According to Dr. Char, testing is one of our the department’s foremost priorities right now. “We know that there’s a lot of anxiety and with all of these cases of COVID and people who have been exposed, I know that there’s a great demand for testing, so we are putting a ton of energy into ramping up testing. We have free testing on every island and what we’re doing is trying to parallel what we did for vaccines,” said Dr. Char.

The state is partnering with federal agencies to offer testing through local pharmacies and is in the process of expanding that program. According to Dr. Char, there’s also pop-up testing and school programs with kits that go directly to schools and onsite testing as well at select locations.

“I know there are long lines right now and people are really anxious about it. This amazing surge went up just like a flash and we are responding to it.”

“About July we were seeing maybe 1,000-2,000 tests a day,” said Dr. Char. “Right now we’re doing closer to 8,000-10,000 tests per day. So you can see that huge increase, and we are ramping up to meet that need.”

DOH: People are Getting Sicker, Faster with Delta Variant

The arrival and spread of the Delta variant in Hawaiʻi has changed the speed and response landscape. According to state data, the Delta variant now accounts for over 80% of cases right now in Hawaiʻi.

“It used to be that if you were fully vaccinated, you could do just about anything. With the Delta variant being so pervasive, the fight has changed,” said Dr. Char.

“When someone is infected with the Delta variant of COVID, they have about 1,000 times to 1,200 times as much virus in them than those that had original type COVID. So you can see that people get sicker much faster.”

According to Dr. Char, it used to be that somewhere between three and seven days, infected individuals would start showing sickness. Now it’s three to five days with a peak of 3.71 days. “So people are spreading much more virus and they’re spreading it much sooner, and that’s also making it very challenging,” said Dr. Char.

“Even if you are fully vaccinated, if you are sitting in proximity to someone with COVID, having lunch or having a drink, you’re being bombarded by virus and you have a real chance that that could overwhelm your system and you could become infected,” she said.

“The vaccine is still very, very good at what it is designed to do, which is prevent severe illness, to prevent hospitalization, and to prevent death. You don’t have the armor that we once thought that we had with vaccination, and so we have to be thoughtful about our actions,” said Dr. Char.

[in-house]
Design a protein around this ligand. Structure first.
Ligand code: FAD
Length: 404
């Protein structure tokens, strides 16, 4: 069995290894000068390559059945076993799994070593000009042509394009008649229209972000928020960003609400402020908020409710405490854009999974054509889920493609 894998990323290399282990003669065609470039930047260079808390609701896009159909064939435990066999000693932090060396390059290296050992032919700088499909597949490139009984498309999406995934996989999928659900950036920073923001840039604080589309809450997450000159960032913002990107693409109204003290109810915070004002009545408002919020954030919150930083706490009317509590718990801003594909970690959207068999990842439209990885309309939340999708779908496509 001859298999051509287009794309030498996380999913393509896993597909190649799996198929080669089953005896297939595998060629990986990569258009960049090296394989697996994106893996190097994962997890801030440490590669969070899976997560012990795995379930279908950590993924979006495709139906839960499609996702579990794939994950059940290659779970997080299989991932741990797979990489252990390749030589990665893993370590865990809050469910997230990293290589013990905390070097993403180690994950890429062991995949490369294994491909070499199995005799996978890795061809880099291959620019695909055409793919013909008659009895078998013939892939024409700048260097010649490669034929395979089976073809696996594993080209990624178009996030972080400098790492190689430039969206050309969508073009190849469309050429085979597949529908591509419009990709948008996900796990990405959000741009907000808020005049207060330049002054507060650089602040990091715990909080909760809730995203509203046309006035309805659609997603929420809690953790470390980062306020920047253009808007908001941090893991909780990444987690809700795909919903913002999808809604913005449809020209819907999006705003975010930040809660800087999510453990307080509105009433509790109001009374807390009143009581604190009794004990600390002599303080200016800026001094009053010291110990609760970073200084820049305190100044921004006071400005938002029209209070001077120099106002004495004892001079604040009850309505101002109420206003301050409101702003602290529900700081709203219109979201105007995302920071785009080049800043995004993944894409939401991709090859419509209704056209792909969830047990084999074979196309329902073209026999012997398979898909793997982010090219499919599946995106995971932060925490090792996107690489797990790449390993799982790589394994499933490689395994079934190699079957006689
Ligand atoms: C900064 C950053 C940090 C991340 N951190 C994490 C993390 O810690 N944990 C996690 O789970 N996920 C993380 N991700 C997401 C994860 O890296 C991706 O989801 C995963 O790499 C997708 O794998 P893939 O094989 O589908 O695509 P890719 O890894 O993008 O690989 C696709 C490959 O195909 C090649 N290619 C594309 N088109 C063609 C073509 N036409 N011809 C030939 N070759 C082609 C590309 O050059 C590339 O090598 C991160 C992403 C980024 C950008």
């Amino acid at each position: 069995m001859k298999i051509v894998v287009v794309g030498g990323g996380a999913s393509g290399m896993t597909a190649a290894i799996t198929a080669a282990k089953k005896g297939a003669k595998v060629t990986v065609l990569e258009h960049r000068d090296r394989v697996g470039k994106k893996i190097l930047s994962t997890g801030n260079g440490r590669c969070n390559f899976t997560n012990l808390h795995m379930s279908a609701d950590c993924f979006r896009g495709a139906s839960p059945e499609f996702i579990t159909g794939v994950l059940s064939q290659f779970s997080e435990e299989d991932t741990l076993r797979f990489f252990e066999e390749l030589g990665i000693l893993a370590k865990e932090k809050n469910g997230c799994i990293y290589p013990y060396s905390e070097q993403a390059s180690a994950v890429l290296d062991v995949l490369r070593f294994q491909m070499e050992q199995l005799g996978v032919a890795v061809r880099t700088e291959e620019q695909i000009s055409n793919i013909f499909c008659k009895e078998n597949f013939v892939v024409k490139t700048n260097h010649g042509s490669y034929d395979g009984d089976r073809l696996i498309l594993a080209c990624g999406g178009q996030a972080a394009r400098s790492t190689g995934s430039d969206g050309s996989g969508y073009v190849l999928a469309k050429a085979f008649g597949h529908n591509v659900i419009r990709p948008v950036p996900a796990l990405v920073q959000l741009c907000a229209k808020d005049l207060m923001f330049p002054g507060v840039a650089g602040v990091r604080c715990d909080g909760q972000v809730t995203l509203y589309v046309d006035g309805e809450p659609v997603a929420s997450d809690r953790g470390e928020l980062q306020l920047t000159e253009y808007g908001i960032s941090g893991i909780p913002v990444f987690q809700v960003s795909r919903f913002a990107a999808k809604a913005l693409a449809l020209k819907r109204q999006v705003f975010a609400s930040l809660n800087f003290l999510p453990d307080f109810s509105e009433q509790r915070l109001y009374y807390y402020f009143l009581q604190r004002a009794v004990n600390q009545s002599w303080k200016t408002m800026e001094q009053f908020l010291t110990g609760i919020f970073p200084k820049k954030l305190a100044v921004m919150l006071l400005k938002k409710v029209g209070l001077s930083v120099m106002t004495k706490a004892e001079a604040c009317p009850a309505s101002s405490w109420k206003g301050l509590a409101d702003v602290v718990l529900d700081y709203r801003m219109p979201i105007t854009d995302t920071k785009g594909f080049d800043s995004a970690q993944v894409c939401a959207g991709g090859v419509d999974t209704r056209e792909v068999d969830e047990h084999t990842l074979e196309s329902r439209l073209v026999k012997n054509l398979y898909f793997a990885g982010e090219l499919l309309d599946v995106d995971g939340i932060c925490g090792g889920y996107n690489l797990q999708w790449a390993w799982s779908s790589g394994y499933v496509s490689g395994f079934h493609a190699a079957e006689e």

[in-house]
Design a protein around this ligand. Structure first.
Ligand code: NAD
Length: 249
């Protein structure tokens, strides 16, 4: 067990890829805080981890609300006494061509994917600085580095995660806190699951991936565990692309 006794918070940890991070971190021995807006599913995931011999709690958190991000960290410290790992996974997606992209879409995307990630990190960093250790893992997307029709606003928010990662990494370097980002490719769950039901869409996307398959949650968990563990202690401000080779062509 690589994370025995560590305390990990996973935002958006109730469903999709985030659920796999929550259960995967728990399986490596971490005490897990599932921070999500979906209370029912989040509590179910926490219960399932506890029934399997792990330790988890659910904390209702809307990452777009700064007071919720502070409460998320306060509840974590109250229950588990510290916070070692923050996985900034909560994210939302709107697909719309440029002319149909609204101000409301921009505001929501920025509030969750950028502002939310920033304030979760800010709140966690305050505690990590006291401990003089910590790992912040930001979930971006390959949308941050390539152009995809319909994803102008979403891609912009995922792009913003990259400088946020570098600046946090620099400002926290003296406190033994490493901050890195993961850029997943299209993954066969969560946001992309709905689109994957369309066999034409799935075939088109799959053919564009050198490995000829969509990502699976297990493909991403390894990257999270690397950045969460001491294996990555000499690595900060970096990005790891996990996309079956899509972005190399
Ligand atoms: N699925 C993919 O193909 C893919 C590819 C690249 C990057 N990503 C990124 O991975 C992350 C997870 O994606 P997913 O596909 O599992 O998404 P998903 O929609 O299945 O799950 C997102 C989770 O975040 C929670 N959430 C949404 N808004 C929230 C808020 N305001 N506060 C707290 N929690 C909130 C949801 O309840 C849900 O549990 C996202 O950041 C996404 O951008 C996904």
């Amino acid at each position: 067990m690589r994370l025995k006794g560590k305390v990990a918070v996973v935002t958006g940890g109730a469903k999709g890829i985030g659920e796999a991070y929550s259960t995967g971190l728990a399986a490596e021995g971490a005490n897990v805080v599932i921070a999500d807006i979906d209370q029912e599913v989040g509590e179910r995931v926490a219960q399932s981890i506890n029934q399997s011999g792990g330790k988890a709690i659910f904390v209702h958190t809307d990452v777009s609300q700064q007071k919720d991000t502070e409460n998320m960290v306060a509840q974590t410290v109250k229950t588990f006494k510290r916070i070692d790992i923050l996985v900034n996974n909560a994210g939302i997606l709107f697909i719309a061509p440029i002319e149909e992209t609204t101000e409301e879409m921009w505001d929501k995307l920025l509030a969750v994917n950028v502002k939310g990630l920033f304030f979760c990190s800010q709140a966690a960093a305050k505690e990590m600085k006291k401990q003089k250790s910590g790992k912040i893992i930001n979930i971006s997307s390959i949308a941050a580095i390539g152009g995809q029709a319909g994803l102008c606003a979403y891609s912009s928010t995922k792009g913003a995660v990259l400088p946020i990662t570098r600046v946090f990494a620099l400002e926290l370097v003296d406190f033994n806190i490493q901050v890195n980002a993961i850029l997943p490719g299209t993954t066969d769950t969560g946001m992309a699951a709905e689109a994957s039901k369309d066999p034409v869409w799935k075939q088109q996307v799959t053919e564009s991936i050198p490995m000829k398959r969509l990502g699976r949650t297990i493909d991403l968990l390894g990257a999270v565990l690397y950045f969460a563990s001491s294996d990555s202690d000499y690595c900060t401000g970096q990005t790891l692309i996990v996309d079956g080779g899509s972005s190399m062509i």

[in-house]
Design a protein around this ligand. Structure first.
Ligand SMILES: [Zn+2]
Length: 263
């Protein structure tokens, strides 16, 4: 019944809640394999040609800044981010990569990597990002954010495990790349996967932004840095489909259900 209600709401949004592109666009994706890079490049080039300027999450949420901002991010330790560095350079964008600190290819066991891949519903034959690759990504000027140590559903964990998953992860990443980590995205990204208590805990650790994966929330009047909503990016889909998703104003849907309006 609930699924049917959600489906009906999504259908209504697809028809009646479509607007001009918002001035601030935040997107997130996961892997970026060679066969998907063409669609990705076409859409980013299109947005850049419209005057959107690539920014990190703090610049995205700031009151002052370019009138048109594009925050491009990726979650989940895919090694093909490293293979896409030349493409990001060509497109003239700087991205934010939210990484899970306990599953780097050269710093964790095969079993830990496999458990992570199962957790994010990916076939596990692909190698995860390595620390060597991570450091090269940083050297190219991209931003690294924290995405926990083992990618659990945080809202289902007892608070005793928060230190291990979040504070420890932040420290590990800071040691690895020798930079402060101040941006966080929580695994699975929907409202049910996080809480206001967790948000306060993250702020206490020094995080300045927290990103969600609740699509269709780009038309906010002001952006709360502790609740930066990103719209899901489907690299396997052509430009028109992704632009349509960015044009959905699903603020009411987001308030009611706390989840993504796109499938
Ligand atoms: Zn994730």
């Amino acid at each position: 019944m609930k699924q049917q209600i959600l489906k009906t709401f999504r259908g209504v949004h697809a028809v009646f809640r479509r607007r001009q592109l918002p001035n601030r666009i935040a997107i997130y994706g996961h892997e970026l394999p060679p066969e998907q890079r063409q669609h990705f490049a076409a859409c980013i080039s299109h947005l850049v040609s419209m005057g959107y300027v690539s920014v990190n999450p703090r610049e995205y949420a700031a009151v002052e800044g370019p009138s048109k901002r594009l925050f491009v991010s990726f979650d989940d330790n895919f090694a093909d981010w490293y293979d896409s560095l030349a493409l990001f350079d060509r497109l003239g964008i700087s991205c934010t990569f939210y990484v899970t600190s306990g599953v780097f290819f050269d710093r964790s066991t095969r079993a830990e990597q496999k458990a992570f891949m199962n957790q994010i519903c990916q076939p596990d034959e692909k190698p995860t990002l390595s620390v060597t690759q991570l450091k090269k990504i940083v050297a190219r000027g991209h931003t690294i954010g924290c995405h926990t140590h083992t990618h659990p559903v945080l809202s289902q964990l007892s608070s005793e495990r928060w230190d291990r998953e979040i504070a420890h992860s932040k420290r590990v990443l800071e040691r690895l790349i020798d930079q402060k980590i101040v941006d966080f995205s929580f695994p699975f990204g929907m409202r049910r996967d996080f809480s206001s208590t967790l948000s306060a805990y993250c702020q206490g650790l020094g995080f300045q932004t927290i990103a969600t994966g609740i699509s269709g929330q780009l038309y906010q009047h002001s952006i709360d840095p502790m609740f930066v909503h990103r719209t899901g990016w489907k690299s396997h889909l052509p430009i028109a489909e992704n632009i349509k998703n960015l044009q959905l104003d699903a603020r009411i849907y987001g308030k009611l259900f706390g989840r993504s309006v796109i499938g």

State is Evaluating Changes to the Safe Travels Program;
Visitor vs Residential Travel Data Explained

State officials say they are evaluating potential changes to the Safe Travels program and looking at “appropriate changes as necessary.”

Gov. Ige maintains that current data shows about 10-12% of cases that are travel related, only 1-2% is by visitors traveling. He said the “overwhelming majority of the cases tied to travel is with residents traveling and getting infected and returning to the islands.”

“The policies and procedures that we have in place is about balancing, getting our economy restarted and getting people back to work. At the same time, keeping our community healthy and safe. So we do evaluate the data that we see and we are considering changes to [the] Safe Travels [program] as we move forward,” said Gov. David Ige.

In response to Maui Now’s questions about a potential undercount among travelers chose not to not test for fear they could ruin their vacations, Gov. Ige and Dr. Char responded:

“We do know that testing in general only reaches a certain percentage, whether it’s residents or travelers, so the case counts that we report, we know are actually an under-sampling of those truly infected in our community–travelers just like residents. So our strategy is to make the testing widely available so that once someone becomes symptomatic, or believes they’ve been exposed, they can get the test and so we can identify whether they are infected and so we can take appropriate action,” said Gov. Ige.

“With regards to the question about–are undercounting travelers that are arriving or that subsequently become sick, yeah, probably we are. If they are not testing then it makes it really difficult to identify those people,” said Dr. Char.